Insytes, TagSpaces and Identity

Tagspaces is an open variant on the original idea I had for Insytes. While I pitched Insytes as the Web 2,0 replacement for comment systems, it was always much more. Another description I often used was as a personal organizer of knowledge with group capabilities as well as public sharing/publishing. But it also was for building reputation and claiming subject matter expertise that would be validated by a conversational community around topic tags with some conversational agreement by users rather than creators. After all isn’t that why we have found that folksonomy works and taxonomies often fail? .

But even that is not enough. As I was reminded the past 2 days at the – Internet Identity Workshop, you must consider the matter of verifiable Identity – which then must be considered in “context”. What the industry refers to as context (a view of a builder talking about you) I consider it the “situation” because that is where I see people looking out – from their unique situation. Others might want to call it a scenario, or perhaps a use case, though that is too specific I feel, but as some very smart people have said, (Was that Doc Searls?) it does not matter what you call it, just as long as other people understand what you are referencing.

The situation/context of identity for Insytes is what I consider the Open Commons of Knowledge, Information and Wisdom– in this context, people would be opting into the system because they want to be known for who they are. The social and economic capital derived from being ones self is invaluable. Speakers, bloggers, writers, video journalists, vloggers, podcasters, photographers, designers – everyone who creates something for more than just themselves. Of course I know of the exceptions where anonymity is a necessity (whistleblowers, oppressed citizenry etc…) but if someone has a legitimate reason to be playing in the commons and creating stuff, they more often than not want to be identified with the work – or at least a claimed pseudonym as authors have often used in the past.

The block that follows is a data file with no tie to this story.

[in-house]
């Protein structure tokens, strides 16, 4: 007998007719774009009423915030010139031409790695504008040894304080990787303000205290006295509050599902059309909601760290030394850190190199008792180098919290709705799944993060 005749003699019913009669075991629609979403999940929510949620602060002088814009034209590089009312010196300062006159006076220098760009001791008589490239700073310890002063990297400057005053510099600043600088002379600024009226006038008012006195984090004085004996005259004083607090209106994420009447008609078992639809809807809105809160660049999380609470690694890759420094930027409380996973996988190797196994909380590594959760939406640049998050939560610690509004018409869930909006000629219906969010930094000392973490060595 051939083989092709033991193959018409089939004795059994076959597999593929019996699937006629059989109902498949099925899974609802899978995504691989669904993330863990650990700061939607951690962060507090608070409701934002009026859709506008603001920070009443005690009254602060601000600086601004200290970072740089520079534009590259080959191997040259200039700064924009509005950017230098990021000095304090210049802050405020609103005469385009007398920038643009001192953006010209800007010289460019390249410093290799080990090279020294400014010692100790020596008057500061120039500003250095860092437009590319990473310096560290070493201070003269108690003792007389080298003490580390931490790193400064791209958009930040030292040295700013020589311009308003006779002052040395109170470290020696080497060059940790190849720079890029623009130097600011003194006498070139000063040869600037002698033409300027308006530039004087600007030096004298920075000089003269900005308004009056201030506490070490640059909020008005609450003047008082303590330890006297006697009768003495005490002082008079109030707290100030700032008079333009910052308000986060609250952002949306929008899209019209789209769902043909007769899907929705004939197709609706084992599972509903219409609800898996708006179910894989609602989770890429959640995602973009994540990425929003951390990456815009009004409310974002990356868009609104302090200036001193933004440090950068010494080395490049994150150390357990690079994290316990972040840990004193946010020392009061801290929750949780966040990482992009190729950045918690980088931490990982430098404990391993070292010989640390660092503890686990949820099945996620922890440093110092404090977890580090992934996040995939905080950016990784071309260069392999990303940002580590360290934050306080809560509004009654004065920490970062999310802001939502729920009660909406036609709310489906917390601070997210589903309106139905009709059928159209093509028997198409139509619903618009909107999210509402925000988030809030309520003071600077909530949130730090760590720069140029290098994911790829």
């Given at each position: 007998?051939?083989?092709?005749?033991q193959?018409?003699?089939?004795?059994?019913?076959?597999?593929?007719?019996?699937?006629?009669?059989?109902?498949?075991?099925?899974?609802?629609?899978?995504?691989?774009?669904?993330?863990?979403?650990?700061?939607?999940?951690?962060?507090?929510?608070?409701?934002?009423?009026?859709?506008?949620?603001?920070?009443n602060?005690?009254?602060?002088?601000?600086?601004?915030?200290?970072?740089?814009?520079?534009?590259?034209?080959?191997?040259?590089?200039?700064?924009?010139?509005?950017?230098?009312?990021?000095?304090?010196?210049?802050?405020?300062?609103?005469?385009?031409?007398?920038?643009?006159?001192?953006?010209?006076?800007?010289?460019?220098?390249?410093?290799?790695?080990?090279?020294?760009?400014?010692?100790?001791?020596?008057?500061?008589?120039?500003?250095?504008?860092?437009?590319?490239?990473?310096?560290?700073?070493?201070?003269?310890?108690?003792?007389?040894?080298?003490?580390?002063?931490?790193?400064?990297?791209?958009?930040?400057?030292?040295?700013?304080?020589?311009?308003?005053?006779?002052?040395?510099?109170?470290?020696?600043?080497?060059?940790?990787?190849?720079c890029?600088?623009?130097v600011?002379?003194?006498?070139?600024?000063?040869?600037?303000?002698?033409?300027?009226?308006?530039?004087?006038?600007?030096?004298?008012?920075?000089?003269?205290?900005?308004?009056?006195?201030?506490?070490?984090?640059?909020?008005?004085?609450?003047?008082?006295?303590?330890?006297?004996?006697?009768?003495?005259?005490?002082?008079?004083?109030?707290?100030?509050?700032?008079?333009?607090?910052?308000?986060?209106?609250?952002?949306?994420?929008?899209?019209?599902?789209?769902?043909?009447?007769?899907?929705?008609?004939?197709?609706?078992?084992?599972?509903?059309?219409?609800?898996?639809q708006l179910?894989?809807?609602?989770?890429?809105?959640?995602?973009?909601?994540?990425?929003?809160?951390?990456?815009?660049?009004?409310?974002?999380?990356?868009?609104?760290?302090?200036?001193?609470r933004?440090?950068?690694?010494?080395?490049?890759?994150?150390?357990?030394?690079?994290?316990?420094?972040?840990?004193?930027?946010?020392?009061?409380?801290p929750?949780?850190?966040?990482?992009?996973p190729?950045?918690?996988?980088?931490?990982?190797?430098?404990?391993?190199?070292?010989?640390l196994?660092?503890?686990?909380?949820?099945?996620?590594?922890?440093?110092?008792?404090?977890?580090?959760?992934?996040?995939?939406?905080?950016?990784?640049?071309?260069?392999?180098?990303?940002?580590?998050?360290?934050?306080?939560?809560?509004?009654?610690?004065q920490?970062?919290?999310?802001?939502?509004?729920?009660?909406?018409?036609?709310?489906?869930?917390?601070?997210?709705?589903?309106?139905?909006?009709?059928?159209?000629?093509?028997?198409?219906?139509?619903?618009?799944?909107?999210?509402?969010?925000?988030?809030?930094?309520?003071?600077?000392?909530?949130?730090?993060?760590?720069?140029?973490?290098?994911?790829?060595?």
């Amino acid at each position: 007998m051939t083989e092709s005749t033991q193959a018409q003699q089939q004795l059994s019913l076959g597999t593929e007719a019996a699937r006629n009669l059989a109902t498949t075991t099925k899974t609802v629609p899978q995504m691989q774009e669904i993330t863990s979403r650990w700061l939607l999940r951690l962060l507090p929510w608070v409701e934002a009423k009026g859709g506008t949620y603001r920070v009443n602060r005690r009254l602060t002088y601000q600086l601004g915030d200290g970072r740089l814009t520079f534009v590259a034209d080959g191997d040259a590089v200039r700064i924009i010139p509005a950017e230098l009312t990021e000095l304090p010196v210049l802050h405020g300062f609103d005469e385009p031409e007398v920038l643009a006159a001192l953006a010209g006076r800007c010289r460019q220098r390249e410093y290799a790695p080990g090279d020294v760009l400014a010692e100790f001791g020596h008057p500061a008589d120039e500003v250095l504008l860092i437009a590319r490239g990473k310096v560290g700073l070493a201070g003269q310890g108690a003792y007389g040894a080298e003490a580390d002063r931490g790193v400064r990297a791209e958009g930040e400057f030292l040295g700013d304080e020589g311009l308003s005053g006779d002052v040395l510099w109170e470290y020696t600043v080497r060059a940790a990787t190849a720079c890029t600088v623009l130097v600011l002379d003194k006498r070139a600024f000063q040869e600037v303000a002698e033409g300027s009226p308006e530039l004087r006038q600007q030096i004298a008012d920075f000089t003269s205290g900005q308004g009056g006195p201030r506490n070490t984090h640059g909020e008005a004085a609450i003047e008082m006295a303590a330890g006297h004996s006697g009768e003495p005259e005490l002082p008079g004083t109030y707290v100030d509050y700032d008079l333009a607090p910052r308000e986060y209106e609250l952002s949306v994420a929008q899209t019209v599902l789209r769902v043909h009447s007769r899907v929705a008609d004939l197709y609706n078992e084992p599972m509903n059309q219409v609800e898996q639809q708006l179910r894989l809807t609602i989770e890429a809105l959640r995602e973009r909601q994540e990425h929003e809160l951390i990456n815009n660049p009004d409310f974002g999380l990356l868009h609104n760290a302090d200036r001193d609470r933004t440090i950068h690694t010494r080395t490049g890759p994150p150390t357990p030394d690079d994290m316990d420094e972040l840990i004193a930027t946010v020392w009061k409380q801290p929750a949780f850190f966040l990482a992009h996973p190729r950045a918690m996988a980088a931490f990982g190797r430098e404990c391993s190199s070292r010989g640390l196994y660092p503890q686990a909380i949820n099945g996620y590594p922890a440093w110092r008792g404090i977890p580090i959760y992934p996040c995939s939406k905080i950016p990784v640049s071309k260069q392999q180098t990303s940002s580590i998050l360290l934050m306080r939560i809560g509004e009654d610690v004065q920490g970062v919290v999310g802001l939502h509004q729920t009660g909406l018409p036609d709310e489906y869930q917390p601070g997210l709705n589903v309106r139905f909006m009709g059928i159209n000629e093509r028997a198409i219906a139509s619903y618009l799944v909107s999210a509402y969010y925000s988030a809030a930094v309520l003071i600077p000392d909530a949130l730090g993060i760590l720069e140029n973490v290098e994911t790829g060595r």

This is why I still think that Creative Commons needs to be the identity provider – people would be willing to trust them, the license is in wide use and gaining wider adoption and it would make validating a work that much easier for the legal system. Of course, I also think there needs to be Commons Licensing Bureau that manages the sale/licensing of the works to others, but we can talk about that later….

Ok moving past the IIW2005 influences, later today I will be posting the initial draft to serve as a starting point for .

(PS – need to adds more links to this article in next rev)

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